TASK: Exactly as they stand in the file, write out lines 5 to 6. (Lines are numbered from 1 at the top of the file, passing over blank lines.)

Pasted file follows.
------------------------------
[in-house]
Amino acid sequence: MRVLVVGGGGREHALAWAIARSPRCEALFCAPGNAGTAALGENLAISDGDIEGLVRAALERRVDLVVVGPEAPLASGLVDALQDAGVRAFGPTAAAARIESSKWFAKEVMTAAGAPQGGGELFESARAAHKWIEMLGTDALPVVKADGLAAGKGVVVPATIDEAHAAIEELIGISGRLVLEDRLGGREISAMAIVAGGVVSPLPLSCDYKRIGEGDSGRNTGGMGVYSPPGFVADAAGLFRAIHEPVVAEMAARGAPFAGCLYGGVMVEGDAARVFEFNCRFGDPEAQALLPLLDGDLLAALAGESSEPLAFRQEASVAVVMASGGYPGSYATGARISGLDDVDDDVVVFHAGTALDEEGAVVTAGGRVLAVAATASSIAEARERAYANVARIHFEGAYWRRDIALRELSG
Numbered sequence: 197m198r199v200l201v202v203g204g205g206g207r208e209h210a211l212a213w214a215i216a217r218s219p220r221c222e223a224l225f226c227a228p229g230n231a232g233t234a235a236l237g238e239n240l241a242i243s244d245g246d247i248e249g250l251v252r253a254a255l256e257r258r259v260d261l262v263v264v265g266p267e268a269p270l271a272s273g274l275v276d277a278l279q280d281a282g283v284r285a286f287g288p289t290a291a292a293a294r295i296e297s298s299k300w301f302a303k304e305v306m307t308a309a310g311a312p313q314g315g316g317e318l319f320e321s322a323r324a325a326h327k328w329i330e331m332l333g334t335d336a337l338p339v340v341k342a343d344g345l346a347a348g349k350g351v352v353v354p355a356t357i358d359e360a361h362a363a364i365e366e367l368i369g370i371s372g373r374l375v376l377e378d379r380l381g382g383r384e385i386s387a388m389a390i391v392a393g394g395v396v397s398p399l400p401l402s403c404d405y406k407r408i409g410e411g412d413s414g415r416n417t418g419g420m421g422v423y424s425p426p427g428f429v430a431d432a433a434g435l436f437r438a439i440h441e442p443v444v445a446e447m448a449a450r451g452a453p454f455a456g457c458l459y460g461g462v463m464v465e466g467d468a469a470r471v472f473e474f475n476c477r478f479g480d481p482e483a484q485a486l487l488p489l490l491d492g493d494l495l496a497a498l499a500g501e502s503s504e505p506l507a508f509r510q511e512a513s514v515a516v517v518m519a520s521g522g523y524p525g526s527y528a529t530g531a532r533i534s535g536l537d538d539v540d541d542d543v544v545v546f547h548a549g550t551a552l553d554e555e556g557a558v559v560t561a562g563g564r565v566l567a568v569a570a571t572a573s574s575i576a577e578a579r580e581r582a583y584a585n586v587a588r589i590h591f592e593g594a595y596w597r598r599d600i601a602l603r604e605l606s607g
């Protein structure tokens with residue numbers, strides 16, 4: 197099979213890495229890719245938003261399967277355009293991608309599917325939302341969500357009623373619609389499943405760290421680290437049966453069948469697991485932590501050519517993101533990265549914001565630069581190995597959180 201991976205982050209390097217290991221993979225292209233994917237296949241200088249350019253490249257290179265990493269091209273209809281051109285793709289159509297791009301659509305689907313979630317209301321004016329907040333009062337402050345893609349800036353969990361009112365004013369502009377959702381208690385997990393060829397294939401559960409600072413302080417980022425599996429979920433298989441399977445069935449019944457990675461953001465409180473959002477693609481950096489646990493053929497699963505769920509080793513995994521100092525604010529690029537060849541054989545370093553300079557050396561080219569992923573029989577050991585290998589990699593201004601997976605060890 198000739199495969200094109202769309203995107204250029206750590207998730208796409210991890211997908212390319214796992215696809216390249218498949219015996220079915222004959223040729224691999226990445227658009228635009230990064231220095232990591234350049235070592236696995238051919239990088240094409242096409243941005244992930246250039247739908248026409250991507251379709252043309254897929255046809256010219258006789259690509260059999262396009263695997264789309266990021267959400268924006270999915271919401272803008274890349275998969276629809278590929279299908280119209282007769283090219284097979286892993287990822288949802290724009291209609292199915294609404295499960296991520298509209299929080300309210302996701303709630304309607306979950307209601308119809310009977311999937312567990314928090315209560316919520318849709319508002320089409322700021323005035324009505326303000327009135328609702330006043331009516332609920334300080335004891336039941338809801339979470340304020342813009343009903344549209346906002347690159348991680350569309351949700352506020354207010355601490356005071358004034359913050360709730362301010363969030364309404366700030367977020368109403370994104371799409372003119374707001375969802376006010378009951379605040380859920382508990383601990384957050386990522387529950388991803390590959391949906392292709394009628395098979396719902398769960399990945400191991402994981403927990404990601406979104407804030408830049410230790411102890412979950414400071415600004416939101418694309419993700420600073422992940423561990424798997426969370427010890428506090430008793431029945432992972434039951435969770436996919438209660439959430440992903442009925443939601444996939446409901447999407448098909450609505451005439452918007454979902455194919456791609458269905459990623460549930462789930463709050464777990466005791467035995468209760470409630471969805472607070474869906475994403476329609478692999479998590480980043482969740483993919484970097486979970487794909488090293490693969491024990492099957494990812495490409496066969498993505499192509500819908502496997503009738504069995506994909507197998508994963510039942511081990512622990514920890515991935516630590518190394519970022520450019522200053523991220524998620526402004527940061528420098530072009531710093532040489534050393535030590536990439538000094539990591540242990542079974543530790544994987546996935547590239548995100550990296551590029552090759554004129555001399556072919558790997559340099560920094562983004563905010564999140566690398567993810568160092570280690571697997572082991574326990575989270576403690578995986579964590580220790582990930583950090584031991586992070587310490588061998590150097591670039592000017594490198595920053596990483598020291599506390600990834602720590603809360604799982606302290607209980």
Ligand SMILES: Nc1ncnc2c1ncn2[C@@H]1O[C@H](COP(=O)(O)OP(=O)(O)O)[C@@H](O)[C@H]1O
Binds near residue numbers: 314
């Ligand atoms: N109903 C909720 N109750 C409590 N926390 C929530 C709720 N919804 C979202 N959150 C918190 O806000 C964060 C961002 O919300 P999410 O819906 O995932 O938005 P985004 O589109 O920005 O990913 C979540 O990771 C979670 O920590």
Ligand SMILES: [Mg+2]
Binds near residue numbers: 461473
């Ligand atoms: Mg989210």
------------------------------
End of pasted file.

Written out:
Ligand SMILES: Nc1ncnc2c1ncn2[C@@H]1O[C@H](COP(=O)(O)OP(=O)(O)O)[C@@H](O)[C@H]1O
Binds near residue numbers: 314